IT IS concerning to hear that a number of women who took part in breast screening in Oxford have been recalled because there is a possibility they were told – wrongly – that they were fine.
As a result of this possible error by Oxford University Hospitals NHS Trust there are now 30 women who will be worried about the future.
These women will be alarmed to hear that it is possible that breast abnormalities in a small number of cases could have been detected if additional tests had been conducted at an earlier stage.
But only a small number of cases out of thousands may have been dealt with incorrectly and women should not be alarmed by the trust’s investigation, or its admission that initial screenings could have been conducted more thoroughly.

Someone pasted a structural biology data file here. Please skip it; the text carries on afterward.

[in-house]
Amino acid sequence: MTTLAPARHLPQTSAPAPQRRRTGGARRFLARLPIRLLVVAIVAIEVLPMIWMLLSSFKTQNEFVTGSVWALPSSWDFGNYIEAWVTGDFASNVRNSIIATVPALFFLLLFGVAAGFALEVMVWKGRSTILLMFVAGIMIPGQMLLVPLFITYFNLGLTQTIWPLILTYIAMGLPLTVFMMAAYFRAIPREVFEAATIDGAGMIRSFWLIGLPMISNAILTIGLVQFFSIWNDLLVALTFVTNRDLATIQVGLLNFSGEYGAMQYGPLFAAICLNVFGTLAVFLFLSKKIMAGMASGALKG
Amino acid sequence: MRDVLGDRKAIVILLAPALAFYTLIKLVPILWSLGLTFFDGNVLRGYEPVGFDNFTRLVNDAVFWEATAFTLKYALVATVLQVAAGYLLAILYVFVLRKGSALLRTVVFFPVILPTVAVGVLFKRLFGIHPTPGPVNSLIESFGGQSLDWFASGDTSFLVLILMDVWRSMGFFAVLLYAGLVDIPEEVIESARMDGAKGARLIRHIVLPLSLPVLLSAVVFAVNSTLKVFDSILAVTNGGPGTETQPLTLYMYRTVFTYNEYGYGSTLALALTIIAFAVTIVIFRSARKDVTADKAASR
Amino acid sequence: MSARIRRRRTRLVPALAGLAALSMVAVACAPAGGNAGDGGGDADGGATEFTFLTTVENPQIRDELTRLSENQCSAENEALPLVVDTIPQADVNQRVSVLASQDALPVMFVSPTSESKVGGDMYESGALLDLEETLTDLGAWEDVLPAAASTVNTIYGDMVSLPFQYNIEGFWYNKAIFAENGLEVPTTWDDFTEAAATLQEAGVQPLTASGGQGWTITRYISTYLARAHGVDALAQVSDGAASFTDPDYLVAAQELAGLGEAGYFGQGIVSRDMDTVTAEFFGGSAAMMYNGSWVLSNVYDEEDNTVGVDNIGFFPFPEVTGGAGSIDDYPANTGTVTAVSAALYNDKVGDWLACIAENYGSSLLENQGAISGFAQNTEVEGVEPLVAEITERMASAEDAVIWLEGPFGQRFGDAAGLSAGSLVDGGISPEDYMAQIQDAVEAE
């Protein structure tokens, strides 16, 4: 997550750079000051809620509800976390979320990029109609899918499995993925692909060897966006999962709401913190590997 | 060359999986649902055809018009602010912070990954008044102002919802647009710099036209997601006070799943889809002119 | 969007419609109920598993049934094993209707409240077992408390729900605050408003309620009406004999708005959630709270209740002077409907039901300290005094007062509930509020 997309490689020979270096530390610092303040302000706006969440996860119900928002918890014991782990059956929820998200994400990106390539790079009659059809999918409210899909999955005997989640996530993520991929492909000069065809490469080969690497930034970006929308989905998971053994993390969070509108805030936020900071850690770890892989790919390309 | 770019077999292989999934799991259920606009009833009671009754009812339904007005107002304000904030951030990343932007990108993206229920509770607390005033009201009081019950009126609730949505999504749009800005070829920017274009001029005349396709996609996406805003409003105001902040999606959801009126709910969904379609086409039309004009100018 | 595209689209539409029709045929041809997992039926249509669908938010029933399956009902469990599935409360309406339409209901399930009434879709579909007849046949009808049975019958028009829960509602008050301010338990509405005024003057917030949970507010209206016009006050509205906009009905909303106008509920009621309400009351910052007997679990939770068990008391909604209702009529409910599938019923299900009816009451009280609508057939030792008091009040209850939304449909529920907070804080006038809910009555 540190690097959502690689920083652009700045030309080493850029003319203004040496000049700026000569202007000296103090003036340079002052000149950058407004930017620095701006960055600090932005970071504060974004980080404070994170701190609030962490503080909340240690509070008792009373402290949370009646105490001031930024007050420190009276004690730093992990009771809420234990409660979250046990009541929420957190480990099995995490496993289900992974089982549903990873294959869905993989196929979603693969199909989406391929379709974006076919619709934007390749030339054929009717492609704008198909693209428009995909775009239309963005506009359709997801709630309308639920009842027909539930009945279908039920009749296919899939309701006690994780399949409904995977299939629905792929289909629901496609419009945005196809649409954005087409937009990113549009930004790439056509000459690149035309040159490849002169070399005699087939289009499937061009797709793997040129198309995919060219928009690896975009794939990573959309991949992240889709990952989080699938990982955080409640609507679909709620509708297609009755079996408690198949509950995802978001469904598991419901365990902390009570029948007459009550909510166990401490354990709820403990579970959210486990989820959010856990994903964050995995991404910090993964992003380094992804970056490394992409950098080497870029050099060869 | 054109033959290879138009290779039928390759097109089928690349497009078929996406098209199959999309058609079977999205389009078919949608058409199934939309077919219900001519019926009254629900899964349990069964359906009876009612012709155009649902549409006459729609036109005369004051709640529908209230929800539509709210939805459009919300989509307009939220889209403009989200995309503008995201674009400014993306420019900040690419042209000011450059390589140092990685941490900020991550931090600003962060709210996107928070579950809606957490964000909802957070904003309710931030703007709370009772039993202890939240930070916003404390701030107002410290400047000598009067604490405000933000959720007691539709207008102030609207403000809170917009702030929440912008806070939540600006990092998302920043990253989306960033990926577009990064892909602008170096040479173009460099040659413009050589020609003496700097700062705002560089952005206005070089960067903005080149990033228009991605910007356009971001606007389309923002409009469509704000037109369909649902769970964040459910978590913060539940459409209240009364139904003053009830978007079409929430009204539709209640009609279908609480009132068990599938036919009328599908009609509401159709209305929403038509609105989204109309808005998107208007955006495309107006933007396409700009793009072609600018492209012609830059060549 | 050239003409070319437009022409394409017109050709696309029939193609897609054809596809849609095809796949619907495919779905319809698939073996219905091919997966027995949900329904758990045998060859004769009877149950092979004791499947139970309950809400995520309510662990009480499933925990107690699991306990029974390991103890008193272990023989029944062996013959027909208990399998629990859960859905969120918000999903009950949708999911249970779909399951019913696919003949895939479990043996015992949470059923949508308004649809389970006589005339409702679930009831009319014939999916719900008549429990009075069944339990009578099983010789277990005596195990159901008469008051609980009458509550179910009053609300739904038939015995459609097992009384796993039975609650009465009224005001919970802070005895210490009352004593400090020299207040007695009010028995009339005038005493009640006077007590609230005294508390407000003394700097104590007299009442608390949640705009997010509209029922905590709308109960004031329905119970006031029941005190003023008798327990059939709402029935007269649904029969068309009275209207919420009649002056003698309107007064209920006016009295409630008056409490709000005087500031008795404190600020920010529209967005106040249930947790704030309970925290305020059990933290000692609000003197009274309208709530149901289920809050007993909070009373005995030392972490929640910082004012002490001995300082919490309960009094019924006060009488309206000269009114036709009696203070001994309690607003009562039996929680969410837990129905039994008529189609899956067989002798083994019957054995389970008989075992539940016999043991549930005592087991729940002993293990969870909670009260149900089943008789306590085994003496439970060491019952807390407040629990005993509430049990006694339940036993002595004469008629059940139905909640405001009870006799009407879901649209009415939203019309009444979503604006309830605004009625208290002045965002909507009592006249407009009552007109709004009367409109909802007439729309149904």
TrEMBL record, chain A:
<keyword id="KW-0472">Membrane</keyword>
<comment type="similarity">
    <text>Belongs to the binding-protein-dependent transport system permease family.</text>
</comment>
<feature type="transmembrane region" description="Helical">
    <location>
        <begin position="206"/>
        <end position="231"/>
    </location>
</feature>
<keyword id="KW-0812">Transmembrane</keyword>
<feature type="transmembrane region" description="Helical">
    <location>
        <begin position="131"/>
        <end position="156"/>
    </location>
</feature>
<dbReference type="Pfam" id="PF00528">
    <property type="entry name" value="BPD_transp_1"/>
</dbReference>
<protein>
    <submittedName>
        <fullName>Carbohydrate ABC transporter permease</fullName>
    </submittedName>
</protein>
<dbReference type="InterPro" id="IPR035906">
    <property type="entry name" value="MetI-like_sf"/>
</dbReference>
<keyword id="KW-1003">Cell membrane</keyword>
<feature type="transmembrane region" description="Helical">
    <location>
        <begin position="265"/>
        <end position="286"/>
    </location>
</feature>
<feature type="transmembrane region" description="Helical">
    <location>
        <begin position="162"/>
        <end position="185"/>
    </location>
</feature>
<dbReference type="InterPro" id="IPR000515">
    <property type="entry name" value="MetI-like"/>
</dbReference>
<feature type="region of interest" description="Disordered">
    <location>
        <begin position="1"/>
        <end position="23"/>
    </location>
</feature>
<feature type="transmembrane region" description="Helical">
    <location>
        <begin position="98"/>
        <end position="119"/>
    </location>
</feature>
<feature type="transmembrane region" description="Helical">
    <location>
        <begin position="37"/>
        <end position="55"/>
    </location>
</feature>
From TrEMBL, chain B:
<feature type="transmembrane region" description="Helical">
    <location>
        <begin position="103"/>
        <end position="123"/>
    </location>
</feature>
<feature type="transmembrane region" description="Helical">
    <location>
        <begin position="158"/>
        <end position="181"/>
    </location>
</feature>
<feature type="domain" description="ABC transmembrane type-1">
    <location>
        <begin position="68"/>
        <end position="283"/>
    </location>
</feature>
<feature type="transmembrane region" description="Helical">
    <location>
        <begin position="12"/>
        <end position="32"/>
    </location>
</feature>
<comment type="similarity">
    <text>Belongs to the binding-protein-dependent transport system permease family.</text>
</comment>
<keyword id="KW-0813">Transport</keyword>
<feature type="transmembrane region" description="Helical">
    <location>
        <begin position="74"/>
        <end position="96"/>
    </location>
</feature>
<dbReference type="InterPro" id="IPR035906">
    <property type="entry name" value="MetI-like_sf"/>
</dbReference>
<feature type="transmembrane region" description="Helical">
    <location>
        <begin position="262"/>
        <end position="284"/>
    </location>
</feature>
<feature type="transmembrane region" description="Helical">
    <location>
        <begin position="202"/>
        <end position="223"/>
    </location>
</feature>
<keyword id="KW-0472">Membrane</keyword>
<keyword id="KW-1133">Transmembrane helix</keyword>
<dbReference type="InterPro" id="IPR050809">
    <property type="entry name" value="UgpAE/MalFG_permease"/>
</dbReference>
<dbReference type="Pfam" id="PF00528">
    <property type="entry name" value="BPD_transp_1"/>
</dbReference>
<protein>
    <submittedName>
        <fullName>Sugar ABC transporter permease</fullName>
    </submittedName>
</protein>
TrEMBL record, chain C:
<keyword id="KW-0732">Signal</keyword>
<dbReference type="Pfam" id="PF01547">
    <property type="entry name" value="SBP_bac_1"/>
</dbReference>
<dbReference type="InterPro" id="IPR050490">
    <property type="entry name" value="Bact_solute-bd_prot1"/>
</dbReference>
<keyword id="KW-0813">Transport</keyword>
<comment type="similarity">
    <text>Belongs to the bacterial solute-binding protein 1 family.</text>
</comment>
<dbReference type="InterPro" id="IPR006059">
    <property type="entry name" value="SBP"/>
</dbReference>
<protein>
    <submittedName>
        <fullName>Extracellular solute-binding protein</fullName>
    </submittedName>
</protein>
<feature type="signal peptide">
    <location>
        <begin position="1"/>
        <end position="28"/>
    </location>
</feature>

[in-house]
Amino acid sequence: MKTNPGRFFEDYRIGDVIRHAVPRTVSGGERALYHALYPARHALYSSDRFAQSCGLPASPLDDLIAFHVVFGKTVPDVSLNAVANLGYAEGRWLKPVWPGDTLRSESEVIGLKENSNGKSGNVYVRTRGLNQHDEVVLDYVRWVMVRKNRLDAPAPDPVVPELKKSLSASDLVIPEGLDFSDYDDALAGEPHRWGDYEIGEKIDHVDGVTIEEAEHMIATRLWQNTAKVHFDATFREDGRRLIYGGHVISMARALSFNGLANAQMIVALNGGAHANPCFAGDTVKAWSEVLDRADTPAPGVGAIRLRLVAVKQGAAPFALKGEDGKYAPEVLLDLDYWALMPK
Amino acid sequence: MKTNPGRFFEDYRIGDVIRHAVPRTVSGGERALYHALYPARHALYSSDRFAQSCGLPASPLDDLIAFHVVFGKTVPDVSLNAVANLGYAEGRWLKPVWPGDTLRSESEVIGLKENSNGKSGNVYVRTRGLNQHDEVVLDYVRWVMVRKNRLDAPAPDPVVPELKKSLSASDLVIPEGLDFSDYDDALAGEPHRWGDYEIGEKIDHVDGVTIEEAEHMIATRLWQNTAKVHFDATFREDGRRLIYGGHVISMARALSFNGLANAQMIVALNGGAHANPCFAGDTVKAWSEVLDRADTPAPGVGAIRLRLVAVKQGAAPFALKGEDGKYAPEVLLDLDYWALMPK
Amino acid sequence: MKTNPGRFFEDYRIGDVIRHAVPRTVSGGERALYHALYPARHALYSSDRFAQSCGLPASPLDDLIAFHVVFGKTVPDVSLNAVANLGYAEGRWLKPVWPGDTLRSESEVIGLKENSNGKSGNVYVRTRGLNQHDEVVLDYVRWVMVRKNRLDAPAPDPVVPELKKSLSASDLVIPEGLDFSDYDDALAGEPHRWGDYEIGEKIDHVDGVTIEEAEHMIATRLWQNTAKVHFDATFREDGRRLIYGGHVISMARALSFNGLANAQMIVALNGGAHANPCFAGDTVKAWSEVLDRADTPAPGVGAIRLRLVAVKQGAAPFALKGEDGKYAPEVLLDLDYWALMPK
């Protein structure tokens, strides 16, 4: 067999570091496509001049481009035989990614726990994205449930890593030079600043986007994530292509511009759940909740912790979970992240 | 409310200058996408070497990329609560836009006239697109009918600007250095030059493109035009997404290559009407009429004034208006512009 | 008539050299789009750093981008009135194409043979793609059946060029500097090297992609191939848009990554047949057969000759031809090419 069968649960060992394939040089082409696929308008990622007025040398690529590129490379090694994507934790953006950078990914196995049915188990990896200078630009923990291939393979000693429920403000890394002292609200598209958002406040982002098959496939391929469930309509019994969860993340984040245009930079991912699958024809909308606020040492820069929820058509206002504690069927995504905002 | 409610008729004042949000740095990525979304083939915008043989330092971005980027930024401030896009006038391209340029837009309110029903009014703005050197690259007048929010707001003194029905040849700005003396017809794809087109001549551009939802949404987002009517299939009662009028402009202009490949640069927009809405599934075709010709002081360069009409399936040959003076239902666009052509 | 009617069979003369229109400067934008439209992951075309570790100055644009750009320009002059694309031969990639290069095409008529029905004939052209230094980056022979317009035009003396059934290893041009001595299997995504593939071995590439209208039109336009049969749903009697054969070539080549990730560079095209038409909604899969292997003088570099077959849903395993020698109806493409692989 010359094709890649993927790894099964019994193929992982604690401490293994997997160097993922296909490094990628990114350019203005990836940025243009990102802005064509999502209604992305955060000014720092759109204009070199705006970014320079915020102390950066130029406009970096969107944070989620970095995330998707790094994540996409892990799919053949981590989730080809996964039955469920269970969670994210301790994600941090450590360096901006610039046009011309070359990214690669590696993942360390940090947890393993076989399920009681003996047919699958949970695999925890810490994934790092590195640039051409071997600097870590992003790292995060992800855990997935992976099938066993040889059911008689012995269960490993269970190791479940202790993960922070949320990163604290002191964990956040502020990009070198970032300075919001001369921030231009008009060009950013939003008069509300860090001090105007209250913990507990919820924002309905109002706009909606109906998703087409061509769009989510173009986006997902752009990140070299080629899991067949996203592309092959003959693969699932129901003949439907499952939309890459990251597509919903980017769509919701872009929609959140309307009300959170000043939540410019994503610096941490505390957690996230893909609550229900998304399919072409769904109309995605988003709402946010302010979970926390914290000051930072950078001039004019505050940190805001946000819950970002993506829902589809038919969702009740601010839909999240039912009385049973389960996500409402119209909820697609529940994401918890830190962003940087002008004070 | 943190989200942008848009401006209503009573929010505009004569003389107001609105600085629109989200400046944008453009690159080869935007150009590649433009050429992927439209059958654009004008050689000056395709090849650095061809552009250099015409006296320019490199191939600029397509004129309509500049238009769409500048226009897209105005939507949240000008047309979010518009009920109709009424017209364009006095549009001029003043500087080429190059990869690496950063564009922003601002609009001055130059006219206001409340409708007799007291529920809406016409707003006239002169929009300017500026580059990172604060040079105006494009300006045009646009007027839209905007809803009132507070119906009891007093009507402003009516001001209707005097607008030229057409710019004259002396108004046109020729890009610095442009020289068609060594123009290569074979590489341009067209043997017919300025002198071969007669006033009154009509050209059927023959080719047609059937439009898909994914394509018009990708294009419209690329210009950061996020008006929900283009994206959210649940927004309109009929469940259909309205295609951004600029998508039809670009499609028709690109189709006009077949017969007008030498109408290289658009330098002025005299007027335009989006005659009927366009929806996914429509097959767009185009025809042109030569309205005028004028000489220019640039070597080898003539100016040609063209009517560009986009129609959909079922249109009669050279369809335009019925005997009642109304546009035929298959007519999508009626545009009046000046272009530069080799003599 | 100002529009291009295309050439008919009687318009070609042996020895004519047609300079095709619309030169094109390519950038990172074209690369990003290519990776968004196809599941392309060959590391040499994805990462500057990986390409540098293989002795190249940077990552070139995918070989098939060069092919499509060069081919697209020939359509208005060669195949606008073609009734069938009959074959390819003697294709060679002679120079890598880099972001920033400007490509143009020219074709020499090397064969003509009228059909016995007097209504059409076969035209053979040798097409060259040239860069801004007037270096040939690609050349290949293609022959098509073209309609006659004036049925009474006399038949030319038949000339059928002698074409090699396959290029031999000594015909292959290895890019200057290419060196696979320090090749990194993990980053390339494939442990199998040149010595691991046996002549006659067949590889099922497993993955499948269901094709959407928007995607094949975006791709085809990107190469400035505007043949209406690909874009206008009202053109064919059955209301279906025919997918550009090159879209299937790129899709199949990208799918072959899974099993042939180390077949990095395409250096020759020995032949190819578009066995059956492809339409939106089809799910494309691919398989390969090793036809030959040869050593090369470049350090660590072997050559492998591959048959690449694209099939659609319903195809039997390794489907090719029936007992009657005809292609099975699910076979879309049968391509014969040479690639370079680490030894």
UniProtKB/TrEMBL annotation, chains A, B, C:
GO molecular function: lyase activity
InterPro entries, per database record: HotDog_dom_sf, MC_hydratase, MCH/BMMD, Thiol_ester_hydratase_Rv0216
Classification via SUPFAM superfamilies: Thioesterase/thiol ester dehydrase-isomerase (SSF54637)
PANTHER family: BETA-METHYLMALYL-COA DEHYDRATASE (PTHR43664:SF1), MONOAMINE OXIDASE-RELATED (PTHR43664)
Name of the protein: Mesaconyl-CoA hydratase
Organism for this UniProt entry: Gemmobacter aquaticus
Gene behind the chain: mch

The easiest option for the trust would have been to contact patients individually, without going public, but it has chosen to highlight its concerns and as a result this could safeguard the future health of women who have undergone screening.
What is important now is that women aged between 50 and 70 and others who are at risk are not put off having regular mammograms.
Staff at GP practices and health centres can also offer support and advice.
The message to all women must be: Keep calm and carry on getting screened.